Q: Can I get sued again if I accept this debt settlement offer?
The debt settlement letter states "this letter will confirm acceptance on behalf of the above referenced current creditor the sum of [dollar amount] as settlement of the subject account" (where dollar amount is the agreed to amount and is less than the full amount owed) and then goes on to state "please make sure remittance is marked as settled and not payment in full". I am being sued and this is their settlement offer. Is it advisable to accept this verbiage? I do not wish to be sued a second time after paying this agreed amount. I am just concerned as it does not state settled in full or paid in full. I'm not concerned with tax implications or credit reporting, just that I do not get sued again. Is this safe to accept in that regard?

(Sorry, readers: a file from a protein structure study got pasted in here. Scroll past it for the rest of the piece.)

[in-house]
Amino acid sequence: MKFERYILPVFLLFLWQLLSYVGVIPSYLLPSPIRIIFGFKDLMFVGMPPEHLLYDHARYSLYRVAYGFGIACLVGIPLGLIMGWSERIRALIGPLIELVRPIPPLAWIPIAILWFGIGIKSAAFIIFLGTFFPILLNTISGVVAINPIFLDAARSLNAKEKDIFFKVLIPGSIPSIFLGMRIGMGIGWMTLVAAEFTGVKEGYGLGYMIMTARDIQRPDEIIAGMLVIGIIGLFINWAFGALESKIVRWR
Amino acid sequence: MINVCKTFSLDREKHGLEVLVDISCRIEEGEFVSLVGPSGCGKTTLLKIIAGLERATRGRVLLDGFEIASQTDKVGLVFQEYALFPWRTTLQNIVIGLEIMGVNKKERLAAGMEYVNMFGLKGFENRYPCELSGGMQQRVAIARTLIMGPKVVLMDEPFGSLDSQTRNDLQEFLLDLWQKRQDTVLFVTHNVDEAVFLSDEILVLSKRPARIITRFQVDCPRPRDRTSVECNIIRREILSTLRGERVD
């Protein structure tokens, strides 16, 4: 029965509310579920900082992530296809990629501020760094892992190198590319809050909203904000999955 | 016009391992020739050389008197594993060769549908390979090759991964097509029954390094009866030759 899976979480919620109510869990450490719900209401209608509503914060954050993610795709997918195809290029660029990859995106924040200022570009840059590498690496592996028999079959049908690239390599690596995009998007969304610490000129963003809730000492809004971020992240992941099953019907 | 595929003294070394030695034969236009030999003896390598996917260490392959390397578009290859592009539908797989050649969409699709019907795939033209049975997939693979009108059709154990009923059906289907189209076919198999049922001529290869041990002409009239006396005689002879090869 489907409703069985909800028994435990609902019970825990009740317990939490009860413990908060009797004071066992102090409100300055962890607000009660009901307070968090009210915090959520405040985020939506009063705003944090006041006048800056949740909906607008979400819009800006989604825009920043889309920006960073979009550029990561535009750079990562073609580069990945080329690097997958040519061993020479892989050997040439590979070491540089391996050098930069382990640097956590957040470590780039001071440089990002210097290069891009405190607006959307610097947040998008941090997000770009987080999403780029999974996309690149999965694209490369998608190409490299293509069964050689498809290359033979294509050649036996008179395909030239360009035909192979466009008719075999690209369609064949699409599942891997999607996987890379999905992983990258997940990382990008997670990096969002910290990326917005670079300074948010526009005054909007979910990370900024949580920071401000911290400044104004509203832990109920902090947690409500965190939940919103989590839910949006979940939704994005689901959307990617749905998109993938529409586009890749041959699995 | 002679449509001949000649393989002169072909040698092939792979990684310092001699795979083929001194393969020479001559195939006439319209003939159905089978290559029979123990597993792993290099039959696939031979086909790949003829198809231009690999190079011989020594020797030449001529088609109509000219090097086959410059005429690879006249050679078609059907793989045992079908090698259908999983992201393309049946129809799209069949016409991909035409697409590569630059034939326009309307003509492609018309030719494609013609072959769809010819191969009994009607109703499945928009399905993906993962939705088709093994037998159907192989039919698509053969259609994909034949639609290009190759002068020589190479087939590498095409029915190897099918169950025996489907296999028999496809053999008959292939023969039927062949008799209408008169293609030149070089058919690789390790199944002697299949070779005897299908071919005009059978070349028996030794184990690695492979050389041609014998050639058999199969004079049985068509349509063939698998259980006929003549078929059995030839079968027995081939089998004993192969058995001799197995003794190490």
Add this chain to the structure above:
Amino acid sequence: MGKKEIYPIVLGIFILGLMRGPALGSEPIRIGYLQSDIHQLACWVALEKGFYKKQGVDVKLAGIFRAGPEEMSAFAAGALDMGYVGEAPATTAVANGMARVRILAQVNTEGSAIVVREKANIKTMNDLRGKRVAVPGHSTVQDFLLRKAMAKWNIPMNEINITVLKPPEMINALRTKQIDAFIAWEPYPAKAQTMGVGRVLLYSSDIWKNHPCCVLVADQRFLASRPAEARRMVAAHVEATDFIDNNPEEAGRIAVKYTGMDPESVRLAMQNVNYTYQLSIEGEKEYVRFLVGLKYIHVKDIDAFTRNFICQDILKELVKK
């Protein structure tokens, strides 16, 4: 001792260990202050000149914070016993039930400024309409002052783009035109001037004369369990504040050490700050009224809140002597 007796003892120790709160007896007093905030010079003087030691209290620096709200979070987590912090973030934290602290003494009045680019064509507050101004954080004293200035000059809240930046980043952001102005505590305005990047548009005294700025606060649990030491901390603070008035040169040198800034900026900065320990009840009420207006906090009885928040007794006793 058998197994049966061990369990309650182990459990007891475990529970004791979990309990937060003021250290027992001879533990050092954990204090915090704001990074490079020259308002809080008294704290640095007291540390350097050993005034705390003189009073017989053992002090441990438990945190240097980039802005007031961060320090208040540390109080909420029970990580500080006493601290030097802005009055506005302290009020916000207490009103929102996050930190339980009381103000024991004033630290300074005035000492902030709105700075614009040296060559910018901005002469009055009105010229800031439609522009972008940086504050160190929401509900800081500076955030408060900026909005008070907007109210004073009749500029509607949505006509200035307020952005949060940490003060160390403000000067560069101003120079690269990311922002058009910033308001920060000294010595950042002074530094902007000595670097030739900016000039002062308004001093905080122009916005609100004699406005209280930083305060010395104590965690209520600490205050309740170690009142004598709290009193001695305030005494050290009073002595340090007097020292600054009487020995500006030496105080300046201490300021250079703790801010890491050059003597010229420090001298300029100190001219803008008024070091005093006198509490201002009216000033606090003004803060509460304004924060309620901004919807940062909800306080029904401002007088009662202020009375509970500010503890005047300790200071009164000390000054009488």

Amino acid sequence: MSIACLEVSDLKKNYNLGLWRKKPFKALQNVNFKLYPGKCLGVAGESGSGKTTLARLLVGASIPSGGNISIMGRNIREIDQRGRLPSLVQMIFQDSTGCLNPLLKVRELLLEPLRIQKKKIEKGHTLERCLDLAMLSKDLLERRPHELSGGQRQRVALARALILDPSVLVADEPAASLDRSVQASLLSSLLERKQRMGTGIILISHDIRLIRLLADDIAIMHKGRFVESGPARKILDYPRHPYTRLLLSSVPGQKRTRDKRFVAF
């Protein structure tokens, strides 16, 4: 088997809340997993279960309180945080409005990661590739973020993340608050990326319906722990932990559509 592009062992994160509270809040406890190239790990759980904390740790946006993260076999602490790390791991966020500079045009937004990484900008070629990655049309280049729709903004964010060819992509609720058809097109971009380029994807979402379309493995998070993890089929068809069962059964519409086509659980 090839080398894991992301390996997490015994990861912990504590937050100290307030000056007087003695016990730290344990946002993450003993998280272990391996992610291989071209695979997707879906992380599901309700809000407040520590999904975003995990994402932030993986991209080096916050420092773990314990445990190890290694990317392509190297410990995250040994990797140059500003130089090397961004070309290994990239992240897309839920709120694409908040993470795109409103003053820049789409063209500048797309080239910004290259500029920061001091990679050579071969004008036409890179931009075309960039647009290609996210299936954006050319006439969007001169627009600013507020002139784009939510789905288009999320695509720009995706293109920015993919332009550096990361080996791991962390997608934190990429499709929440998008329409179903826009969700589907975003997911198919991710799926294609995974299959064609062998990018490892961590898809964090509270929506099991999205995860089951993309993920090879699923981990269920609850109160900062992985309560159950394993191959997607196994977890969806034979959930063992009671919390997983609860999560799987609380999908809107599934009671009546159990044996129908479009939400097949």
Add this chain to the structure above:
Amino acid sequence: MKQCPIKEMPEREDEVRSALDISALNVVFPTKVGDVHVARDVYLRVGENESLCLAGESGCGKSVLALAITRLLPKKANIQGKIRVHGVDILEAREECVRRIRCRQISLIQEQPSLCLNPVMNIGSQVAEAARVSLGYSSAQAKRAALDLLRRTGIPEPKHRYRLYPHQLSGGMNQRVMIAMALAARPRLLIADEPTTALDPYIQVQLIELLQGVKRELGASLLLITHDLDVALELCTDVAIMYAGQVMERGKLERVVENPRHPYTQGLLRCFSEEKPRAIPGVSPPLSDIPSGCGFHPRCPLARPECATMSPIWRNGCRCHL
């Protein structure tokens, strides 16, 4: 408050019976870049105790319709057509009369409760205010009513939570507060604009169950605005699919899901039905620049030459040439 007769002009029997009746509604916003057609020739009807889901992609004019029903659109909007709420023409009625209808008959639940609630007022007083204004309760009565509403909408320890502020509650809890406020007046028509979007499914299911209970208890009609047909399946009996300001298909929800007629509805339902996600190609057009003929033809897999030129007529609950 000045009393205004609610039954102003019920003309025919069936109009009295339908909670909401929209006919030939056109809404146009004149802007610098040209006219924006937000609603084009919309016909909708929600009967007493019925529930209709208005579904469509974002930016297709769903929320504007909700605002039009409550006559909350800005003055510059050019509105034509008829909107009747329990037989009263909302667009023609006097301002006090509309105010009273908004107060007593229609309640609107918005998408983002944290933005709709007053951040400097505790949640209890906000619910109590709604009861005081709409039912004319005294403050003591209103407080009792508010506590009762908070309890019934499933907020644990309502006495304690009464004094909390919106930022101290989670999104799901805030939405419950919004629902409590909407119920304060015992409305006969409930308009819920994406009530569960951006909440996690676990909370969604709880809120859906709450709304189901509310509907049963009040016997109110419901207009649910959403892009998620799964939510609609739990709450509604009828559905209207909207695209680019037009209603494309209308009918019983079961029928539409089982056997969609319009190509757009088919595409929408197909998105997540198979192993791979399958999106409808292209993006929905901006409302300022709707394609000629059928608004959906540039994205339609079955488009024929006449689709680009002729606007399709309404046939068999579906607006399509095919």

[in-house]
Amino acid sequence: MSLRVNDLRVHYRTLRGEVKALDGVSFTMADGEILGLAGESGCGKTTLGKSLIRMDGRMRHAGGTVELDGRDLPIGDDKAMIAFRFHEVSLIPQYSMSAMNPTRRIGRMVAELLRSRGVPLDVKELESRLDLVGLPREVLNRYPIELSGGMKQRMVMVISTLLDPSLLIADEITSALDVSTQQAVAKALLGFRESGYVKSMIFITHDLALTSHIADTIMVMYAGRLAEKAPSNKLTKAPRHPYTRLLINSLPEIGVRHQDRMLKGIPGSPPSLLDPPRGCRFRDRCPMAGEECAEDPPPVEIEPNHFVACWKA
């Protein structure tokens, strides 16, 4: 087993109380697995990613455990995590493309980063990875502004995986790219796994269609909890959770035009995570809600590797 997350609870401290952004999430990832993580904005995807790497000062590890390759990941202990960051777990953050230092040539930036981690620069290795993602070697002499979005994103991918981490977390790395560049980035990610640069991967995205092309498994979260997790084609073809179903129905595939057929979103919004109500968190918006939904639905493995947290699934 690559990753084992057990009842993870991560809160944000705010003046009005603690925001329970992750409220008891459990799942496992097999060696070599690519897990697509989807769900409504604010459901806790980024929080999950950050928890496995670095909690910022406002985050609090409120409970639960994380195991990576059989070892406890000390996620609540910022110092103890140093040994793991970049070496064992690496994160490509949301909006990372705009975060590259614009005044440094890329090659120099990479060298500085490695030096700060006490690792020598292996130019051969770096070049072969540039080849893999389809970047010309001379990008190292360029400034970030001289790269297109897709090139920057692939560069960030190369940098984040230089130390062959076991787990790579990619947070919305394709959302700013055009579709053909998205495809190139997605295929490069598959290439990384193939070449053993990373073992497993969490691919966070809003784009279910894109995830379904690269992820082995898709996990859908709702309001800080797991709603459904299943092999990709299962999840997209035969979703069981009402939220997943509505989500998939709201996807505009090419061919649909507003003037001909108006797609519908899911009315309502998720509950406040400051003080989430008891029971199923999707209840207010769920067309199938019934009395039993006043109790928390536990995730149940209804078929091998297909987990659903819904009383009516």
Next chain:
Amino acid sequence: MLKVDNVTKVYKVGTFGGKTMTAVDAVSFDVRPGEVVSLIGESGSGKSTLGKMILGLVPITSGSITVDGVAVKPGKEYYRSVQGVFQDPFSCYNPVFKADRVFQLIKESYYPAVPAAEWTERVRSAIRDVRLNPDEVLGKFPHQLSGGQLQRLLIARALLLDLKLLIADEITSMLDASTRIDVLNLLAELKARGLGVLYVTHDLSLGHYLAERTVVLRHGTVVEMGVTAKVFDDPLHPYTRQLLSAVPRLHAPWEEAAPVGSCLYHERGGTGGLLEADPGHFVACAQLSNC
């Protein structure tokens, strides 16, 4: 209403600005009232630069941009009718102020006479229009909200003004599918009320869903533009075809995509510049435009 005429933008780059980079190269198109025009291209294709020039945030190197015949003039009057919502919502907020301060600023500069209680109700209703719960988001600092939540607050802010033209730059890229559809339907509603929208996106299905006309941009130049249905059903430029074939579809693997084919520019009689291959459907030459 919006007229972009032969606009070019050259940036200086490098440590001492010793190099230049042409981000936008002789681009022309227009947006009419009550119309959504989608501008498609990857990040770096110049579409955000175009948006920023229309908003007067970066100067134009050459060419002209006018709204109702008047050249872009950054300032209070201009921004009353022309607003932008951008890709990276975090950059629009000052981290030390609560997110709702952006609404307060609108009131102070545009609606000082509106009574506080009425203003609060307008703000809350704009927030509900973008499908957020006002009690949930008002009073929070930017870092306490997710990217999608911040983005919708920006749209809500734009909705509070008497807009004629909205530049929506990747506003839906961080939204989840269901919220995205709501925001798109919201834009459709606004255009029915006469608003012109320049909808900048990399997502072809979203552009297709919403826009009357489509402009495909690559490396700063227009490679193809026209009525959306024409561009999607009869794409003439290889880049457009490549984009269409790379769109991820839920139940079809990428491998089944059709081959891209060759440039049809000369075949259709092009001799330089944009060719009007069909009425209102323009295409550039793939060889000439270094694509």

A: Sounds like it. The "settled" verbiage they are requesting actually protects them in a way; it acknowledges that you haven't paid the full amount owed, so they can properly tax you on the difference by sending you a 1099, which will effectively be income to you. Back in the day, there was concern that a person could write a check for any amount and write in the memo "paid in full"; if the recipient cashed it, they were agreeing that they were paid in full. There are numerous reasons why that doesn't hold anymore, but the concern is still there. But by you remitting the requested amount in the letter, you are agreeing to the settlement, which would prohibit you from being sued again for the same debt.
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